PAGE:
I returned recently from AIPAC’s annual Policy Conference, held each year in Washington, D.C. With more than 10,000 attendees, AIPAC shattered its own records, growing the conference by nearly 50 percent in just a year. It attracted the largest gathering of Congress outside a joint session, and featured speeches from the leadership of both parties—Democrats and Republicans alike.
Three intensive days of plenaries, breakout sessions, policy discussions, community gatherings, and intimate receptions were capped off with an afternoon of lobbying on Capitol Hill, where 527 meetings were scheduled between House and Senate offices. If we make only one inference from this feat, it is that when it comes to strengthening the U.S-Israel relationship, this is AIPAC’s domain. No other organization—on the left or on the right—seeks to play this very specific role. No one comes close.
Minnesota’s Jewish community seems to agree. Our state, with its modestly sized, diverse community, is a keen example of AIPAC’s broad support.
Minnesota’s community delegation to Policy Conference nearly doubled in size since last year, and includes vociferous liberals, moderates, conservatives, and those somewhere in the middle on the political spectrum. What’s more, at a time when many in the pro-Israel community see America’s college campuses as an alarming source of anti-Israel animosity, it’s important to note that four consecutive student body presidents (none of whom are Jewish) from the University of Minnesota have attended Policy Conference. (This year there were more than 1500 students in attendance, 215 of whom were student body presidents at their colleges and universities.)
But Policy Conference wasn’t just about AIPAC’s role as the only true bipartisan organization in the pro-Israel community. It was also a vivid testament to the compelling reasons for why the U.S. and Israel are better together, why the American people and the Israeli people live better lives as a result of this alliance, and why a close partnership between both nations is essential to achieving Middle East peace.
For example, the founder of Agro Medical Technologies, based in northern Israel, demonstrated the ReWalk(tm), an electronic exoskeleton that enables otherwise-wheelchair-bound paraplegics to walk. Bernard Bar-Natan, the developer of The Emergency Bandage, which was used to save the lives of the victims of the shooting at Congresswoman Gabrielle Giffords’ event in Tucson, Arizona, demonstrated how his Israeli invention stops bleeding quickly without cutting off blood flow to limbs. For a struggling democracy surrounded by hostile nations, the fact that Israel produces more scientific research papers per capita than anywhere else in the world is astounding.
American and Israeli efforts at peacemaking together were also visible at Policy Conference. Democratic and Republican leaders alike endorsed direct talks between Israel and the Palestinian Authority, which the United States and Israel continue to support (while the Palestinian leadership refuses to even talk with Israel). President Obama noted in his speech that attempts to circumvent or undercut the peace process through a unilateral declaration of a Palestinian state at the United Nations will fail. And there was consensus among elected officials that attempts to deny Israel’s legitimacy or right to exist will not be tolerated. Supporting Israel’s security, so Israel has the flexibility it needs to take the necessary risks for peace, is essential.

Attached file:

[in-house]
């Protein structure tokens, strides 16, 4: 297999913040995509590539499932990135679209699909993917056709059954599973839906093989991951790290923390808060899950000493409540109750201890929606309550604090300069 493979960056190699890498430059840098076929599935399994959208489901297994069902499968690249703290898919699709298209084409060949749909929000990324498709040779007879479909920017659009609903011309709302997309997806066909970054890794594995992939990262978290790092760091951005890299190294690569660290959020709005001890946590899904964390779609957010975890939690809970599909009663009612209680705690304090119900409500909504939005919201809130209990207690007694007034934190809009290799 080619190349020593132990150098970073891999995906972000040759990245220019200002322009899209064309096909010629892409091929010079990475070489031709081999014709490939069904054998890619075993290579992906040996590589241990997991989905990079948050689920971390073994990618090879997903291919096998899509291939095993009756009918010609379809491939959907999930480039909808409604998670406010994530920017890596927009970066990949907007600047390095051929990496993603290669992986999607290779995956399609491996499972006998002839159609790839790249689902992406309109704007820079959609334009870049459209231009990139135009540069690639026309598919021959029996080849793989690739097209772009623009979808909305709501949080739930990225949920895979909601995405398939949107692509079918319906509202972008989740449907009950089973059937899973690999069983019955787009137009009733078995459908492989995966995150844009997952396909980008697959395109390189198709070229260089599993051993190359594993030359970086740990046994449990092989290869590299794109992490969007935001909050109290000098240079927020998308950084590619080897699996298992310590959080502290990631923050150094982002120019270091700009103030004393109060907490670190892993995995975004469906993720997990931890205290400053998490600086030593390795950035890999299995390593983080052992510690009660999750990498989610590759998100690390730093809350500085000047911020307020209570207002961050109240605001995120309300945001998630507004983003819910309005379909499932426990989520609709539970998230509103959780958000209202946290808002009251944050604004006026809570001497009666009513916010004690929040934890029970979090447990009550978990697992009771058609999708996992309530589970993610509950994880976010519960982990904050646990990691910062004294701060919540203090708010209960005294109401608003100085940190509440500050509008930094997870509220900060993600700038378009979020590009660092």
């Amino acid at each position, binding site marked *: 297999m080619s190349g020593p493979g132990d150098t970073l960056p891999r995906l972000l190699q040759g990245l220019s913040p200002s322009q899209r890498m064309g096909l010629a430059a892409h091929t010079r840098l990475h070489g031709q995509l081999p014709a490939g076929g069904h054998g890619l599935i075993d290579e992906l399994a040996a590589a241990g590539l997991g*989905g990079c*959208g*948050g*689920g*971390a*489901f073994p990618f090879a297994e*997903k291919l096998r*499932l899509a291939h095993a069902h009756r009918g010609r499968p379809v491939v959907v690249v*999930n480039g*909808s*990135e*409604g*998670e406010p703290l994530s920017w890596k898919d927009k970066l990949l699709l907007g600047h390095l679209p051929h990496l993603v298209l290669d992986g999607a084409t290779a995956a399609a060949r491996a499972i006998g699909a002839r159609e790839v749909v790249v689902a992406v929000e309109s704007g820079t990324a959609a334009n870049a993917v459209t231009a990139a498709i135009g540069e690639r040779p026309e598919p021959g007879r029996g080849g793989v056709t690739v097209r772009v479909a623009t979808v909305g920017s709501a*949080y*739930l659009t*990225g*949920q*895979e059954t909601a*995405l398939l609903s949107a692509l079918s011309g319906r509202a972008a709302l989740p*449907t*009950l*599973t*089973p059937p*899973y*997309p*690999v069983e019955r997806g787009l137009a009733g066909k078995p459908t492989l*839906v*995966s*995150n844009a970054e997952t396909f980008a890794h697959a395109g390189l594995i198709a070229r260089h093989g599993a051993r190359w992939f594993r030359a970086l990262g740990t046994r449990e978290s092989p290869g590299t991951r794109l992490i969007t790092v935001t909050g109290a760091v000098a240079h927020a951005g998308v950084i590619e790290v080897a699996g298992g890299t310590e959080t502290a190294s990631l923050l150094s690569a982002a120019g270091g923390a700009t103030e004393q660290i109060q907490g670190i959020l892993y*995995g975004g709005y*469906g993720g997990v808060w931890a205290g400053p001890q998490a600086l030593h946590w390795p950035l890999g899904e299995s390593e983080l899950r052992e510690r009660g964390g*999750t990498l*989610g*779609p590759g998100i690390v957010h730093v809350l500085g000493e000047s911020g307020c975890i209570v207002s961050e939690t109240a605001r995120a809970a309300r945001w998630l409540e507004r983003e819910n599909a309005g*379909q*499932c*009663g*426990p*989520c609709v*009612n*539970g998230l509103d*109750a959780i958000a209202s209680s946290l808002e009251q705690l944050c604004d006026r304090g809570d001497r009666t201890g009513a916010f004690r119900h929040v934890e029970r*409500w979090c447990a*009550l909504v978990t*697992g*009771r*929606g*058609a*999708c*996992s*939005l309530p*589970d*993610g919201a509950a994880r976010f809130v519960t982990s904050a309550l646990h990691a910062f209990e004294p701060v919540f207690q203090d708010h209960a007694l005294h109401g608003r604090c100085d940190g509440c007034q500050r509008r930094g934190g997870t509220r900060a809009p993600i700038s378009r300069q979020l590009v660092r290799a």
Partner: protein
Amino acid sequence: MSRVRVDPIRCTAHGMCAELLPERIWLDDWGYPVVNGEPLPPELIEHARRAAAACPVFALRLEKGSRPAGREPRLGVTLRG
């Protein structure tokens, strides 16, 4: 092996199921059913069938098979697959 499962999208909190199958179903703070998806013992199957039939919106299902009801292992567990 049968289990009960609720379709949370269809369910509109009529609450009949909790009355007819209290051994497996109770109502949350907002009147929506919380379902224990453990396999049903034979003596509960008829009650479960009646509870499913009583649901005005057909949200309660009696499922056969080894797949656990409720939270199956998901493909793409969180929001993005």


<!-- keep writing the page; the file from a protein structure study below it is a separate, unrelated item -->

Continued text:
Of course, the most significant cooperation between the US and Israel, as demonstrated at Policy Conference, is the two nations’ efforts to stop Iran from attaining a nuclear weapon. This fact was noted in virtually every speech at the conference, rightfully so, because a nuclear-armed Iran threatens more than Israel: it threatens the world.
Ultimately, this year’s Policy Conference marks a time when supporting the US-Israel alliance is more important than ever for America, for Israel, and for attaining stability in the region. AIPAC has proven itself, for five decades, to be the principal organization that can secure this important alliance.
AIPAC takes positions on issues of consensus in the pro-Israel community (such as stopping a nuclear armed Iran, and supporting the two-state solution through peace talks), and urges differences between the U.S. and Israel to be ironed out in private. Because of this focus, AIPAC is admired by Democrats, Republicans, Jews, Christians, atheists, Hispanic/Latinos, African Americans, and so many more. Unlike other organizations, AIPAC has never in its history endorsed or rated candidates for office, so it’s never on the losing side of an election. And since it very strictly avoids social or cultural wedge issues, it truly unites the mainstream pro-Israel community in the US.
If you want to join me and hundreds of other Minnesotans in transforming a passion for these issues into direct political action, consider attending the 2011 AIPAC Minnesota Annual Event, which will be held June 29, 2011 at the Hilton Minneapolis. Featuring Governor Mark Dayton—a true friend of the U.S.-Israel alliance—the event will not only underscore the work we need to do in pursuit of Middle East peace, but more importantly, provide a path we need to get involved. See you there.